Anxiety disorders are the most prevalent of all brain disorders, and yet there's been little progress in drug treatments for anxiety in more than 50 years. Now, researchers reporting in the Cell Press journal Current Biology on March 24 suggest that studies in flies might help to elucidate fundamental mechanisms underlying anxiety and point the way to new anti-anxiety treatments.
"Anxiety research in rodents has been frustrated by the small sample sizes typically used in experiments and the complexity of the mammalian brain," says Adam Claridge-Chang of Duke-NUS Medical School in Singapore. "Many scientists in the rodent anxiety field would agree that this drug development failure does not imply a 'failure to translate,' but rather an inadequate understanding of the basic neurogenetic mechanisms of anxiety.
"Using flies lends the advantages of a smaller animal brain, more sophisticated genetic tools, and greatly larger sample sizes. Evolutionary conservation of function between animal species means findings in fly could eventually be translated into rodent anxiety research."
Farhan Mohammad, the study's first author, got the idea to study anxiety in flies after noticing that the insects follow walls when in an enclosed chamber. He knew that rodents in that situation do essentially the same thing.
"Wall-following behavior in rodents has long been linked to anxiety, so I hypothesized that fly wall-following was also related to anxiety," Mohammad says.
As evidence that the behavior the flies were showing was related to anxiety, the researchers found that flies followed the walls less closely when they were treated with Valium, a classic anti-anxiety medication. Genetic manipulation of serotonin-related genes also influenced anxiety-like behaviors in a manner similar to what has been reported earlier in mice.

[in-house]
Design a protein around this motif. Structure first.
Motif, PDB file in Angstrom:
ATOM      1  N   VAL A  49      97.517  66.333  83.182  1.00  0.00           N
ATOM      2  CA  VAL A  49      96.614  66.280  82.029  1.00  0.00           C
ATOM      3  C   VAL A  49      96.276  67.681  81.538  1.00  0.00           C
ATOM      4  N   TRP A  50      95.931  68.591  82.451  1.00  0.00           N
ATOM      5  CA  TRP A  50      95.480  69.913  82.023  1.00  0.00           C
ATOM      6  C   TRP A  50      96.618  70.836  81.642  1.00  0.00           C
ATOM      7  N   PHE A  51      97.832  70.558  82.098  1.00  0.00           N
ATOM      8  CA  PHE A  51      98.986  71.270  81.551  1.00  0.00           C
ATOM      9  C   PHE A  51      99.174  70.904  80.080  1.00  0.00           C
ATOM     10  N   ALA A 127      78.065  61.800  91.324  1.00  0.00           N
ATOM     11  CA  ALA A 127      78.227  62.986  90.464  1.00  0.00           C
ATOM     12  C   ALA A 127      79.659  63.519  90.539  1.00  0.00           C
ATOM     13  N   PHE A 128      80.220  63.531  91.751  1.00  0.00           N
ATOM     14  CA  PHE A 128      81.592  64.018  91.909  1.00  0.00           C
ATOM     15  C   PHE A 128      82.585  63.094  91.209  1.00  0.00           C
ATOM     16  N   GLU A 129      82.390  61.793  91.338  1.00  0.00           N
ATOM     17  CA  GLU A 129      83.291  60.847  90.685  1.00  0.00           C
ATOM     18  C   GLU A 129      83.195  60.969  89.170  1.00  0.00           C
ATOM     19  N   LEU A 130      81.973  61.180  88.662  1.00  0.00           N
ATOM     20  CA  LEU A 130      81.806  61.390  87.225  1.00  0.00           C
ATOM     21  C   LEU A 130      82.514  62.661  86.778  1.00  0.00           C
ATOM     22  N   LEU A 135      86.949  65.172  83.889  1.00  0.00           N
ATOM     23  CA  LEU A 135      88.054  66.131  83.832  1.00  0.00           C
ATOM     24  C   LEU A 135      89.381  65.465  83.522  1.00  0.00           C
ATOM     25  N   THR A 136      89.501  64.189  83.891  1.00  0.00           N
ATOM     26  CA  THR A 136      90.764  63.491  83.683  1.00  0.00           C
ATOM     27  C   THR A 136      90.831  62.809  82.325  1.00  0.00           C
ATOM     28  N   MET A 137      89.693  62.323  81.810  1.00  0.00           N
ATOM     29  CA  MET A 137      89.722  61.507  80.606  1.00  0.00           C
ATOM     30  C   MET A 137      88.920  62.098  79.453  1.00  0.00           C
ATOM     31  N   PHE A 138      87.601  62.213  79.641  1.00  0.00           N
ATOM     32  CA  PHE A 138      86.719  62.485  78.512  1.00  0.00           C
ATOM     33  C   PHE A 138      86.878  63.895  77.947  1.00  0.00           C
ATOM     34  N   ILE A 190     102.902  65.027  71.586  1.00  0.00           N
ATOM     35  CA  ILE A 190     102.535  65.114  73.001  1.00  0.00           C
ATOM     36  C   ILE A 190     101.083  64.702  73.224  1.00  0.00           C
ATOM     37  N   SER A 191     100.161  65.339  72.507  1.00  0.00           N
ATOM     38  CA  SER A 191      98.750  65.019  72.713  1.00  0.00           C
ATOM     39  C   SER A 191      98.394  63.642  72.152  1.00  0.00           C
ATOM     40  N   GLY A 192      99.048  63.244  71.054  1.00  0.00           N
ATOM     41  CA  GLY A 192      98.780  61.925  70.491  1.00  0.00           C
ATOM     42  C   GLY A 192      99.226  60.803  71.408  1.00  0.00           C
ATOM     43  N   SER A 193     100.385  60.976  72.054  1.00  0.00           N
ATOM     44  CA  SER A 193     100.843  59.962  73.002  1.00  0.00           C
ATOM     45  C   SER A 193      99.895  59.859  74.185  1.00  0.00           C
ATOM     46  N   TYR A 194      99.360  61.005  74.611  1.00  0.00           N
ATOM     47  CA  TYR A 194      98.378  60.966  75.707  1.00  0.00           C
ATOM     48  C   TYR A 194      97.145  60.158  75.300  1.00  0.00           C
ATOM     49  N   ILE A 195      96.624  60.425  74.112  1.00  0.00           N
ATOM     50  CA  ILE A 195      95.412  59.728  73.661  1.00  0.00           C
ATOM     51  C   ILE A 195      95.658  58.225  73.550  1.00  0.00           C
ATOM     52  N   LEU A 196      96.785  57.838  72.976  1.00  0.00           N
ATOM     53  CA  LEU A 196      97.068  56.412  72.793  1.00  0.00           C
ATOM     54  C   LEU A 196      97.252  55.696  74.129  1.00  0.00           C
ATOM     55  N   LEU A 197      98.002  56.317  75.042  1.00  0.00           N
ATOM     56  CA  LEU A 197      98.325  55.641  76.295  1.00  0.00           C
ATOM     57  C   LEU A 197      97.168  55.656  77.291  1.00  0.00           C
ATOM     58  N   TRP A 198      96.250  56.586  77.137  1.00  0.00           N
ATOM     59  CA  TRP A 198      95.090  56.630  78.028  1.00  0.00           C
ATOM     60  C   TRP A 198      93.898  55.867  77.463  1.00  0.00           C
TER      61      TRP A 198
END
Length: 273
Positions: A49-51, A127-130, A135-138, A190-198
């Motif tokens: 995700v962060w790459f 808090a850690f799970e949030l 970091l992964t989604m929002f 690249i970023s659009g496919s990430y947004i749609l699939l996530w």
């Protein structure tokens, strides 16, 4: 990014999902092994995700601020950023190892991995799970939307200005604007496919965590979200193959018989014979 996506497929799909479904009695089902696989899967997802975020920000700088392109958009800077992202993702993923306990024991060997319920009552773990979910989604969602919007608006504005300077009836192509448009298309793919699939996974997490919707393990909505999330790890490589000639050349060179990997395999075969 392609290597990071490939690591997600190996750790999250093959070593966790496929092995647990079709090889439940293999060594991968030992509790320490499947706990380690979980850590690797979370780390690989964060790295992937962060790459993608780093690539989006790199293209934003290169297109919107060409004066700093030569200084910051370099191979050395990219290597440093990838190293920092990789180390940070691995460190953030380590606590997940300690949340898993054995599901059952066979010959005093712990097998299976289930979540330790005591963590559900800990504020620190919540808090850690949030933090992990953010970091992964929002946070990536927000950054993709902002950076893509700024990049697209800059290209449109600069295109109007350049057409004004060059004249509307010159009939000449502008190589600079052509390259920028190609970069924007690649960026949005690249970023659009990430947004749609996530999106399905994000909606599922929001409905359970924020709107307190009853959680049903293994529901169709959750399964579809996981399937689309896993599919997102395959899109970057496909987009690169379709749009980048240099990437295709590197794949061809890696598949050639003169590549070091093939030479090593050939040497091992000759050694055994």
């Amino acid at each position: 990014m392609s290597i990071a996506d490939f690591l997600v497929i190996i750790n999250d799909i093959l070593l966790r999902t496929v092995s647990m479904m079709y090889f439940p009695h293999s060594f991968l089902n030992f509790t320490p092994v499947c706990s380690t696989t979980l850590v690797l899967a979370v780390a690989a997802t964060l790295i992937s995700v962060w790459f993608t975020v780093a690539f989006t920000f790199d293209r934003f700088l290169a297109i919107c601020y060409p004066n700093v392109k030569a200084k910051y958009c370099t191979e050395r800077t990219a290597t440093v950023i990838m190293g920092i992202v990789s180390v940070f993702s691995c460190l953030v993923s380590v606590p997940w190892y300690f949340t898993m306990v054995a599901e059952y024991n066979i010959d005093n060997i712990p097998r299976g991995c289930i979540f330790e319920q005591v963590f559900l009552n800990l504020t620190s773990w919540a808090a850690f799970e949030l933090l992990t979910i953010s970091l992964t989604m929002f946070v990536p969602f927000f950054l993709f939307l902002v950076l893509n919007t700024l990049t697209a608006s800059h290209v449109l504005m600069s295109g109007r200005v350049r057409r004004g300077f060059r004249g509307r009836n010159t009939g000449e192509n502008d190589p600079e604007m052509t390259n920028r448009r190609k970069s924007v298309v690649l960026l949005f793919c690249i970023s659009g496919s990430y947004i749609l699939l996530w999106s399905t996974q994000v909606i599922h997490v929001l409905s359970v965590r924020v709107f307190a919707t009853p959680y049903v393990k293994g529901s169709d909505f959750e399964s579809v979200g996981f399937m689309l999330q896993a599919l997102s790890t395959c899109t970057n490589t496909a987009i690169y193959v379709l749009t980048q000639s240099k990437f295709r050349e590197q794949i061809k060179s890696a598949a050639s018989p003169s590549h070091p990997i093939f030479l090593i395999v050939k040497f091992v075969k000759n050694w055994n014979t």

Finally, Mohammad and Claridge-Chang showed that flies began to follow walls more when they were put under heat stress. The flies' apparent anxiety also increased as a result of 10 days in solitary confinement, away from other flies. These effects were linked to changes in an important stress hormone receptor. The researchers also identified several new genes related to anxiety behavior in flies.
The findings reveal that anxiety is an emotion with evolutionarily ancient genetic and neuronal pathways, the researchers say.
"Our discovery confirms a very old natural history for the mechanisms underlying this self-preservation emotion, at least to the last common ancestor of flies and humans," says Claridge-Chang, noting that this ancestral species swam in the oceans around 700 million years ago.
Genetic experiments in the fruit fly Drosophila have already elucidated the neuronal and molecular basis of circadian rhythms, sleep, animal courtship, pain, hunger, aggression and many other behaviors. The researchers say they now believe that flies can do the same for anxiety.
One of the outstanding puzzles in psychiatric research is that even though it's clear that serotonin plays a role in anxiety, widely prescribed serotonin-related drugs like Prozac show little efficacy on emotional disorders. They hope to gain new insight into this "serotonin paradox" by studying the role of this neurotransmitter in fly anxiety.
The authors were supported by Biomedical Research Council block grants to the Neuroscience Research Partnership and the Institute of Molecular and Cell Biology. Additional support was received from Duke-NUS Medical School, a Nuffield Department of Medicine Fellowship, a Wellcome Trust block grant to the University of Oxford, a NARSAD Young Investigator Award, and awards from the A*STAR Graduate Academy.
Current Biology, Mohammad et al.: "Ancient Anxiety Pathways Influence Drosophila Defense Behaviors" http://dx.
Current Biology (@CurrentBiology), published by Cell Press, is a bimonthly journal that features papers across all areas of biology. Current Biology strives to foster communication across fields of biology, both by publishing important findings of general interest and through highly accessible front matter for non-specialists. Learn more at http://www.